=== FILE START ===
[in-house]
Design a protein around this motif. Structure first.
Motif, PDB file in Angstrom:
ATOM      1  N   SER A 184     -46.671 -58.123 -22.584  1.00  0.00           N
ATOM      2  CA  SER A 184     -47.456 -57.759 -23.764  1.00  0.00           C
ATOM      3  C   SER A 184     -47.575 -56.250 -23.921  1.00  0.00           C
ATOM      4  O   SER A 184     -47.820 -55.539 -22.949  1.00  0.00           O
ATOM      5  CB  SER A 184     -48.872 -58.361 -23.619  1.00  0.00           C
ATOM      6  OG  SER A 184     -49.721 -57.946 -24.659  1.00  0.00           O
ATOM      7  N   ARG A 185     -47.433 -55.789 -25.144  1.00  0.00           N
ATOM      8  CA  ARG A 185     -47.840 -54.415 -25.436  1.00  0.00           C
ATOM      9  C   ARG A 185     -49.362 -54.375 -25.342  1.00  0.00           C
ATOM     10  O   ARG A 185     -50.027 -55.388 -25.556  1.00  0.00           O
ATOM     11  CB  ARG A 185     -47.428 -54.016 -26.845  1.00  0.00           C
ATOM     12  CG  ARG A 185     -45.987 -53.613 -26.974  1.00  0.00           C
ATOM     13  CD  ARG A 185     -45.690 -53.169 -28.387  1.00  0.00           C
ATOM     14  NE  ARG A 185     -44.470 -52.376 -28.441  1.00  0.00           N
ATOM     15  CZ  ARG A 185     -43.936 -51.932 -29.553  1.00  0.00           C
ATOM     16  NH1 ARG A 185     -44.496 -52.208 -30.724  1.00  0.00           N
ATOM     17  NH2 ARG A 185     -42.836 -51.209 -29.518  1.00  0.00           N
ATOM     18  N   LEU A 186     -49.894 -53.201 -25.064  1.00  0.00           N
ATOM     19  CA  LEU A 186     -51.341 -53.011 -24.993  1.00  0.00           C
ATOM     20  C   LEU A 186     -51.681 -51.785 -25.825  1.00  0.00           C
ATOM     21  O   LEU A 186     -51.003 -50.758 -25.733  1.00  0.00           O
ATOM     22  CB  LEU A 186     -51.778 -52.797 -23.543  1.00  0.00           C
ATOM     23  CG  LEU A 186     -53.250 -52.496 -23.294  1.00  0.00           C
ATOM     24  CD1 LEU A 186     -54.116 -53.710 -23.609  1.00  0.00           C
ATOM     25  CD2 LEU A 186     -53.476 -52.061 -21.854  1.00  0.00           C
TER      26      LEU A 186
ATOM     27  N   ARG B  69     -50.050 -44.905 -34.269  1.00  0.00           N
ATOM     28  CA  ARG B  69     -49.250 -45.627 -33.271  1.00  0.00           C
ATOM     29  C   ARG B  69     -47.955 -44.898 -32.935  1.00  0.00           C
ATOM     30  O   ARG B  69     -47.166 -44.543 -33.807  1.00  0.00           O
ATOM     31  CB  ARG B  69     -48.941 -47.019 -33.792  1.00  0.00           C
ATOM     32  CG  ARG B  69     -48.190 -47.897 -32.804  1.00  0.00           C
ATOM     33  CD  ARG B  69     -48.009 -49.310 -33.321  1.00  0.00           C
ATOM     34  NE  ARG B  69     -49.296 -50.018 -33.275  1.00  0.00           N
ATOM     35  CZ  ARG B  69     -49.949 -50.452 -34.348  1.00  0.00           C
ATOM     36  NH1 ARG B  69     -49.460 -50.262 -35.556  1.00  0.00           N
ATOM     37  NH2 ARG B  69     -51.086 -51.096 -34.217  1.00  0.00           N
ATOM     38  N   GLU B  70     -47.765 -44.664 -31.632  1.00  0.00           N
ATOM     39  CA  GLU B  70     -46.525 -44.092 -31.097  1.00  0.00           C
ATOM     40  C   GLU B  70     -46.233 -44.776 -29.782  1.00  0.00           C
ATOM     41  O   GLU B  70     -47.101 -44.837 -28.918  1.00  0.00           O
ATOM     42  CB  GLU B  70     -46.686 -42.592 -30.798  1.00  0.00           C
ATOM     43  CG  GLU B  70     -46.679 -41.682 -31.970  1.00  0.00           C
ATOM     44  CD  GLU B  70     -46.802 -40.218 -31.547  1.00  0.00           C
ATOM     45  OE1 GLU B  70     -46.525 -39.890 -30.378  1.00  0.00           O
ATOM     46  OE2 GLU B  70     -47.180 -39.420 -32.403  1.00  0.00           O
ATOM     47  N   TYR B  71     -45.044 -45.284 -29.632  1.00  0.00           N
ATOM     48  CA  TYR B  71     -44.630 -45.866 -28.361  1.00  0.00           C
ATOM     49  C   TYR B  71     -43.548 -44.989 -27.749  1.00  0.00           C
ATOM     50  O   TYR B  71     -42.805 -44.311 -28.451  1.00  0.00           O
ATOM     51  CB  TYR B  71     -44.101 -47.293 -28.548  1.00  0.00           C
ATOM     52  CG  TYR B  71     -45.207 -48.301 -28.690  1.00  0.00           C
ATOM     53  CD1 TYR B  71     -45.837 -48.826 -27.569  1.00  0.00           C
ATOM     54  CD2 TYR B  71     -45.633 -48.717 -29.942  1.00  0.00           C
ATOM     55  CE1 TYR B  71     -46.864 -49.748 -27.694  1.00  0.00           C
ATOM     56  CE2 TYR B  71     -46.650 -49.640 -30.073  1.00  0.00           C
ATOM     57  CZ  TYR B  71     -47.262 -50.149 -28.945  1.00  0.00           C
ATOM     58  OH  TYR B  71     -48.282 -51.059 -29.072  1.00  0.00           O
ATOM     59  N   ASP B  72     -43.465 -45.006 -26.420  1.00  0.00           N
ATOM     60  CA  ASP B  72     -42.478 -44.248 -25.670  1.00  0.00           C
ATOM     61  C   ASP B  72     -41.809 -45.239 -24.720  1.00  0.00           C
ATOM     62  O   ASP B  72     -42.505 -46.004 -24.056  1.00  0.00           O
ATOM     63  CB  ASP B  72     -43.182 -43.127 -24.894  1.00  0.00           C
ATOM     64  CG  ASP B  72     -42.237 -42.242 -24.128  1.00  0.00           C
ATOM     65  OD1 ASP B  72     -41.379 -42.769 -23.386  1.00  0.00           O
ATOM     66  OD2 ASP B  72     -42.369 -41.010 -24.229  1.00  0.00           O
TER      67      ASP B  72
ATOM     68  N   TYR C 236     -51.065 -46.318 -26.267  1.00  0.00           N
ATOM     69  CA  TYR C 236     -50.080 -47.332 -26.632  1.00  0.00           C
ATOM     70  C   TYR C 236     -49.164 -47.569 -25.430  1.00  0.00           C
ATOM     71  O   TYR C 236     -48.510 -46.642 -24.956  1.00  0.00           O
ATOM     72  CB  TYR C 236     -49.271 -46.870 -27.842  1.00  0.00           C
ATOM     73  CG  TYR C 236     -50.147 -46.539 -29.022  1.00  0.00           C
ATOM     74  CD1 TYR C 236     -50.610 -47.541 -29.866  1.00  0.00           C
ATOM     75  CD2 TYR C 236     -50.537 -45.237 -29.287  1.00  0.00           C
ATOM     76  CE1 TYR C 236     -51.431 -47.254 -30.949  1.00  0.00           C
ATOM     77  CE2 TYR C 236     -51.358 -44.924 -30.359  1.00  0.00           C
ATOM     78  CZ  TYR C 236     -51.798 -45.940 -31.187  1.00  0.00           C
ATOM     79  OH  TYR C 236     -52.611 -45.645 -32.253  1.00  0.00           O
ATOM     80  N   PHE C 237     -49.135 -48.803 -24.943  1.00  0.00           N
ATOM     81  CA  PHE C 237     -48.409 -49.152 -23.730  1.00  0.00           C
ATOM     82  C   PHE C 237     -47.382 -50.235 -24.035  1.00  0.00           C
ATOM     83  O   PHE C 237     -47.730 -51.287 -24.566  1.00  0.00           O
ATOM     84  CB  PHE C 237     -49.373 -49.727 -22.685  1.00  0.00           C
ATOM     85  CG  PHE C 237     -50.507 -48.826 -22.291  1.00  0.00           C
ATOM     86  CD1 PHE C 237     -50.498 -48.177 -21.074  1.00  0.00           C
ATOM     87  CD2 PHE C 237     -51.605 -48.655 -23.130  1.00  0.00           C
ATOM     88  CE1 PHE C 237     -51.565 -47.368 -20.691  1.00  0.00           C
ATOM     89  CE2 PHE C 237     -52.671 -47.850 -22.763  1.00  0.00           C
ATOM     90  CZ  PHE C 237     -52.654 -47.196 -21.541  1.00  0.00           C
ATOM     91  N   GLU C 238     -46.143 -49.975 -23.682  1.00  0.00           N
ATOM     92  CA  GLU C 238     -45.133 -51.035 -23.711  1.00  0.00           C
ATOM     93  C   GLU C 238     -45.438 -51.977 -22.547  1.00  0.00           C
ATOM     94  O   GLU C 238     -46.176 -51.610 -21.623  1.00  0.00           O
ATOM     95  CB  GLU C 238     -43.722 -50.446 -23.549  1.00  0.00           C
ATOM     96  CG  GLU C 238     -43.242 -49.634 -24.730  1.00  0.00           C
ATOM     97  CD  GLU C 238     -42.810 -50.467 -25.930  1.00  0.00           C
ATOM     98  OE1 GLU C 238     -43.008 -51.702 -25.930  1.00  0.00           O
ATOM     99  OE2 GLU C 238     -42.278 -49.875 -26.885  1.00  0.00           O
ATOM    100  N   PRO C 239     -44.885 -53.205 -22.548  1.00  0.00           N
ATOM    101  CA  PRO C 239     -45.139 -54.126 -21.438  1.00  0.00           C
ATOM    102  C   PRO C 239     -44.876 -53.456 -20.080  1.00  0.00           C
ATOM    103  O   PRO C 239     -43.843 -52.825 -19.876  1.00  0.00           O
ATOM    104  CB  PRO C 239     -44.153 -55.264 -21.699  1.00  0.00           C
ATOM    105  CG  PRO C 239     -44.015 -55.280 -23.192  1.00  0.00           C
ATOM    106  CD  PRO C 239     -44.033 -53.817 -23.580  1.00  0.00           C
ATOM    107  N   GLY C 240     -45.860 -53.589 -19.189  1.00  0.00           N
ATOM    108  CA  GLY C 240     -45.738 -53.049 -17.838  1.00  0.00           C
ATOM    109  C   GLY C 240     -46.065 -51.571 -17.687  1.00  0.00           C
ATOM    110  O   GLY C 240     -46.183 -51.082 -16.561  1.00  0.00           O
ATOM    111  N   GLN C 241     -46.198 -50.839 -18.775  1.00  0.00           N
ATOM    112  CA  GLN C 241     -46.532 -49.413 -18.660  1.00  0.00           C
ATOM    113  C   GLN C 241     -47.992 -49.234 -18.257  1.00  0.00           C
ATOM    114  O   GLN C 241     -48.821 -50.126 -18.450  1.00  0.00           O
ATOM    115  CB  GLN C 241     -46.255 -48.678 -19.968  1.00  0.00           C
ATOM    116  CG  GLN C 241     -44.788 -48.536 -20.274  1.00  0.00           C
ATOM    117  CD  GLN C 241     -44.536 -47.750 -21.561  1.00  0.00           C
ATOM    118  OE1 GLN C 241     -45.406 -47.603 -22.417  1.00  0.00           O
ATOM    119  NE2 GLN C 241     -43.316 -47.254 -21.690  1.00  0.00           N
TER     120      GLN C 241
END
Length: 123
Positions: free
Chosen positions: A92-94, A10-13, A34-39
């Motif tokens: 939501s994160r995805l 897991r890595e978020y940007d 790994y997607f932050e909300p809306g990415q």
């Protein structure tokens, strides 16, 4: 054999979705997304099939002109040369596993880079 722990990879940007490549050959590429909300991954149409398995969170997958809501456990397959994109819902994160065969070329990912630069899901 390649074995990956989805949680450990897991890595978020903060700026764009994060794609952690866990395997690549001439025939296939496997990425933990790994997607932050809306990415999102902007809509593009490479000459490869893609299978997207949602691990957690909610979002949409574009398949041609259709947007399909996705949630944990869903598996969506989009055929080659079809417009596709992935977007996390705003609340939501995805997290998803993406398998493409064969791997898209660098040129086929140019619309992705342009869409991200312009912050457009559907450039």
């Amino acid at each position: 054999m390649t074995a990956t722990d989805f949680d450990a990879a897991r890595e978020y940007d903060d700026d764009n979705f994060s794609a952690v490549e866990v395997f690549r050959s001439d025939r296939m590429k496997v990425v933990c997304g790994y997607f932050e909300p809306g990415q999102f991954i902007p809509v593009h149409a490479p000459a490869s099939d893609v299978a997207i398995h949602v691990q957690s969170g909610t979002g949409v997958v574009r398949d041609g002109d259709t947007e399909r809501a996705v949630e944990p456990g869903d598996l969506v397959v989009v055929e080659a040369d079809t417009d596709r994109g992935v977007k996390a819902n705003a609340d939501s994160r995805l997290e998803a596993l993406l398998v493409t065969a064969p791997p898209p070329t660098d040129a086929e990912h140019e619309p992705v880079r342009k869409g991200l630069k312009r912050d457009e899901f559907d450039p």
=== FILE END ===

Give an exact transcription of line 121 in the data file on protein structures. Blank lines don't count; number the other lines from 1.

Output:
ATOM    118  OE1 GLN C 241     -45.406 -47.603 -22.417  1.00  0.00           O